Batgirl Will 'Inevitably' Join New DCU But Standalone Film Was Simply 'Not Releasable,' Says DC Studios Boss

Though the “new” DC Universe that is forming may eventually find a place for Batgirl, the standalone movie that was originally developed for HBO Max but got cancelled deep into production simply was not worthy of release.

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Peter Safran, who along with producing partner/filmmaker James Gunn are the new heads of DC Studios (fka DC Films), weighed in on Warner Bros. Discovery CEO David Zaslav’s decision as they revealed the first phase of their vision for the DCU, which is dubbed “Chapter 1: God and Monsters.”

“Batgirl’s a character that inevitably we will include in our story,” Safran said at the DCU presentation event, per our sister site Variety.

But as for the Leslie Grace-led movie’s unfortunate fate, Safran said, “I saw the movie, and there are a lot of incredibly talented people in front of and behind the camera on that film. But that film was not releasable, and it happens sometimes.

“I actually think that Zaslav and the team made a very bold and courageous decision to cancel it,” he added, “because it would have hurt DC. It would have hurt those people involved…. It would not have been able to compete in the theatrical marketplace; it was built for the small screen. So, again, I think … they made the right decision by shelving it.”

Michael Keaton with Leslie Grace and director Adil El Arbi

Batgirl, as reported over the summer, was done filming but awaiting the addition of visual effects. Originally developed as an HBO Max exclusive, the DC film instead wound up with no showcase of any kind when Warner Bros. Discovery pivoted away from straight-to-HBO Max movie releases and locked into a theaters-only model. As such, WBD decided to “disappear” the $90 million movie and use it as a tax write-off, as the company labors to pay down billions in debt.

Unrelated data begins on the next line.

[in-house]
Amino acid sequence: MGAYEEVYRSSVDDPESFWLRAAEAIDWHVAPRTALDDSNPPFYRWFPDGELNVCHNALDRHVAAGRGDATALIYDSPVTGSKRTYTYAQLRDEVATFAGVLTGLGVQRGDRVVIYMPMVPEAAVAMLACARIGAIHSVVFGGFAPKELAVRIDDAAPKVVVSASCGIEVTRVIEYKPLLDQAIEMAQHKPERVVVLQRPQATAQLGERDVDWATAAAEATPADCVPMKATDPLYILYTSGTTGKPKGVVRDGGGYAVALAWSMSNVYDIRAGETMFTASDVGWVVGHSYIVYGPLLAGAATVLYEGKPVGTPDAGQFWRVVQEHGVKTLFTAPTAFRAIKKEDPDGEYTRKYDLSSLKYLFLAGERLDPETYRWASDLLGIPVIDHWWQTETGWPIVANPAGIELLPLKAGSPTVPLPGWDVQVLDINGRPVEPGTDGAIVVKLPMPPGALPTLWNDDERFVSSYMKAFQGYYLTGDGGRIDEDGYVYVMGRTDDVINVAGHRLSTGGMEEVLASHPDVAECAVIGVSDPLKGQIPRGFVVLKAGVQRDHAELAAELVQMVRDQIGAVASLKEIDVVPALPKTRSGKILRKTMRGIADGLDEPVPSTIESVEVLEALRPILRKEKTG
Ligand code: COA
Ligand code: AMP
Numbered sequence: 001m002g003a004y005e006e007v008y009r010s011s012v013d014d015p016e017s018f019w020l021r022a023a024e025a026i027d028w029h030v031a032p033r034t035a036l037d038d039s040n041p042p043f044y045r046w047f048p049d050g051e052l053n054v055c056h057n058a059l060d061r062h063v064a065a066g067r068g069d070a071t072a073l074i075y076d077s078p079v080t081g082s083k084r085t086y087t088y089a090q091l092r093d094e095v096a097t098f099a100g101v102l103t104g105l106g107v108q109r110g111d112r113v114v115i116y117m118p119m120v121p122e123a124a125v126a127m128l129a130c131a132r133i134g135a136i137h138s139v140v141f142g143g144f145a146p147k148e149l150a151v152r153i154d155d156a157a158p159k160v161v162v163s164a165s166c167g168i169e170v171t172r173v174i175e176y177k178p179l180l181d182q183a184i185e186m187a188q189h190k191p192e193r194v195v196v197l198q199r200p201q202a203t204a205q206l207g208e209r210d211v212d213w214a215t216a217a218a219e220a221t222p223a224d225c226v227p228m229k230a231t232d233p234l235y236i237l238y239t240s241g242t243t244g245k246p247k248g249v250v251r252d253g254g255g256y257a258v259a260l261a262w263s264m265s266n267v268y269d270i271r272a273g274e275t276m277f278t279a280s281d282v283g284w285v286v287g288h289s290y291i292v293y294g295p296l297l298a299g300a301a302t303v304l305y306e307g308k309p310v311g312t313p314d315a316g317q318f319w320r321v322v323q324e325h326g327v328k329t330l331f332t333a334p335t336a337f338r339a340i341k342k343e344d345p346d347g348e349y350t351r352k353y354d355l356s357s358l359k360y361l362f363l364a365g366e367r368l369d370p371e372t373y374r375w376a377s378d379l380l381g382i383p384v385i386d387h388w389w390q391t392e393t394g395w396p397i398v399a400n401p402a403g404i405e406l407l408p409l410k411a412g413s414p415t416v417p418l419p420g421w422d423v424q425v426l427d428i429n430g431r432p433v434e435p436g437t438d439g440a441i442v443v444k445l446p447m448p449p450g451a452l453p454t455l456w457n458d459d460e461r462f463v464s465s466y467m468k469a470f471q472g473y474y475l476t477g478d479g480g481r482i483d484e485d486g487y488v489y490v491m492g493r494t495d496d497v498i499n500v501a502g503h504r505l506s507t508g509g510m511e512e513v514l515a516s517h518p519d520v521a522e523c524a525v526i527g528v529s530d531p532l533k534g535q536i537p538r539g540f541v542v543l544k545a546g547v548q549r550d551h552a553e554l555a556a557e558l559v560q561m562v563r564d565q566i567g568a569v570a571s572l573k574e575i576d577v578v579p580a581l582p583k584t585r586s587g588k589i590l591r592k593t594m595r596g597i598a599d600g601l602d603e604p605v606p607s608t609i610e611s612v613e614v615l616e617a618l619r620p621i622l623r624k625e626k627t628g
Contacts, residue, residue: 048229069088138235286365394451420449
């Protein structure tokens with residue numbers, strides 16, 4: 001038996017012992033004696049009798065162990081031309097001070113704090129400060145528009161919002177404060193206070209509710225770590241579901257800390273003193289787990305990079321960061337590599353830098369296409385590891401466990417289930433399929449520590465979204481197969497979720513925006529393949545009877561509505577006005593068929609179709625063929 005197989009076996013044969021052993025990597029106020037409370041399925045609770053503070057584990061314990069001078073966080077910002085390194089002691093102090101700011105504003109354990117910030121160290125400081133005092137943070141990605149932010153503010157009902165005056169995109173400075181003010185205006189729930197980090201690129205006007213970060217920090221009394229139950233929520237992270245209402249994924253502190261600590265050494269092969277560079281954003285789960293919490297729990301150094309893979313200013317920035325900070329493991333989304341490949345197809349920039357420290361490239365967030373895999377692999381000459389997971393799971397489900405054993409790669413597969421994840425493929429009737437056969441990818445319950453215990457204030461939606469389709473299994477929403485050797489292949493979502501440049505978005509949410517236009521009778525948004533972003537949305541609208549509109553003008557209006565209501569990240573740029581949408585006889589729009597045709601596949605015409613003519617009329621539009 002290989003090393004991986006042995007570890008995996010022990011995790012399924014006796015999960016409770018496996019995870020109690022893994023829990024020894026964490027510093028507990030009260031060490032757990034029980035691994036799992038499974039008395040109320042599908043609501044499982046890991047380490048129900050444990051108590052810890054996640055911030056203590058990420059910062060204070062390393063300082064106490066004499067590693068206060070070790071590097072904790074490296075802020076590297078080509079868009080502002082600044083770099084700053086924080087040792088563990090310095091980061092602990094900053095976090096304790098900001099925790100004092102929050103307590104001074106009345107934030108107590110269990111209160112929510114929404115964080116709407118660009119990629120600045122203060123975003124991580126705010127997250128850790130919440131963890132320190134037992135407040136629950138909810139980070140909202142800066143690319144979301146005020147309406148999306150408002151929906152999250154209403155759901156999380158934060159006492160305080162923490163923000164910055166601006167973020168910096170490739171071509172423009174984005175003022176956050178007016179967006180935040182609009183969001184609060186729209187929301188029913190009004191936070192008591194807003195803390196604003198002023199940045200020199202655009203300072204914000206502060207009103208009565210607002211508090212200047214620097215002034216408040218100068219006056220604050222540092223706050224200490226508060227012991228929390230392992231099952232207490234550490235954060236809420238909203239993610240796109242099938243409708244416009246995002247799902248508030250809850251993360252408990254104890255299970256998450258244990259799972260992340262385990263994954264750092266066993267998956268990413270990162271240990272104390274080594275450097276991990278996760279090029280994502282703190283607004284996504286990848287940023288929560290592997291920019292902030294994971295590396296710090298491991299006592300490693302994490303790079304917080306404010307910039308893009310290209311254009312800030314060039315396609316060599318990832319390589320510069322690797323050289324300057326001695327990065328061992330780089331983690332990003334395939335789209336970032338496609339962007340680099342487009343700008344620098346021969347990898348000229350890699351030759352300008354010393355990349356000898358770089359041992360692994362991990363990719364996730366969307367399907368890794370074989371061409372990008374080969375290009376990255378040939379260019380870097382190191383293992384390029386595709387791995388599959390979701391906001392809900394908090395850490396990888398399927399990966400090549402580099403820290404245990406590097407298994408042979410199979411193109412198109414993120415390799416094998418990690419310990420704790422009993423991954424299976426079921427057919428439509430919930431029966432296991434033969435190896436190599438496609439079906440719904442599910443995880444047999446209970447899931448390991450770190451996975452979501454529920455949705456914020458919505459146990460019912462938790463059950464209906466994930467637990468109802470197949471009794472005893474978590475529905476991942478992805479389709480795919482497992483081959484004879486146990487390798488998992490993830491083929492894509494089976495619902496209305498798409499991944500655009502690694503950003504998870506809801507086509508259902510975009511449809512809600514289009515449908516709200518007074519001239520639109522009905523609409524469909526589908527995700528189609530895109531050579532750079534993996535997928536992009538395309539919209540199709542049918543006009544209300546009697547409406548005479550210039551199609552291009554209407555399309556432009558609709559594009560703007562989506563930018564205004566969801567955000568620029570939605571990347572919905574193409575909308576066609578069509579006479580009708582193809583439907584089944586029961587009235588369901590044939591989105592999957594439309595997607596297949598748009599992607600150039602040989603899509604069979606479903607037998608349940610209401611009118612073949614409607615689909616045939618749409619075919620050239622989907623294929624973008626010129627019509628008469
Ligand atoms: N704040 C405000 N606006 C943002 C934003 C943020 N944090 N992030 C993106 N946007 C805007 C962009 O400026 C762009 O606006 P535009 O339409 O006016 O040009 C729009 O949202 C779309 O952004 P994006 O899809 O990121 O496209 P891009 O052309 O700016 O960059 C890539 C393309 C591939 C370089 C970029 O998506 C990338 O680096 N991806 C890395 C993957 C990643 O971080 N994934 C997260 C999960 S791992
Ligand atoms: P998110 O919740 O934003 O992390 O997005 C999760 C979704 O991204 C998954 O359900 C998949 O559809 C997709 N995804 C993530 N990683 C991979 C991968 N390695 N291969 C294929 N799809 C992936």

“We’re not going to launch your movie until it’s ready. We’re not going to launch a movie to make a quota. And we’re not going to put a movie out unless we believe in it,” Zaslav explained in August. “Particularly with DC, where we think we want to pivot and we want to elevate and we want to focus.”

“We have done a reset” when it comes to the release strategy behind movies of any kind, Zaslav added. As one part of that, he said — months before Gunn and Safran took over as DC Studios heads — “There will be a team with a 10-year plan focusing just on DC,” akin to the Marvel team led by Kevin Feige at Disney.

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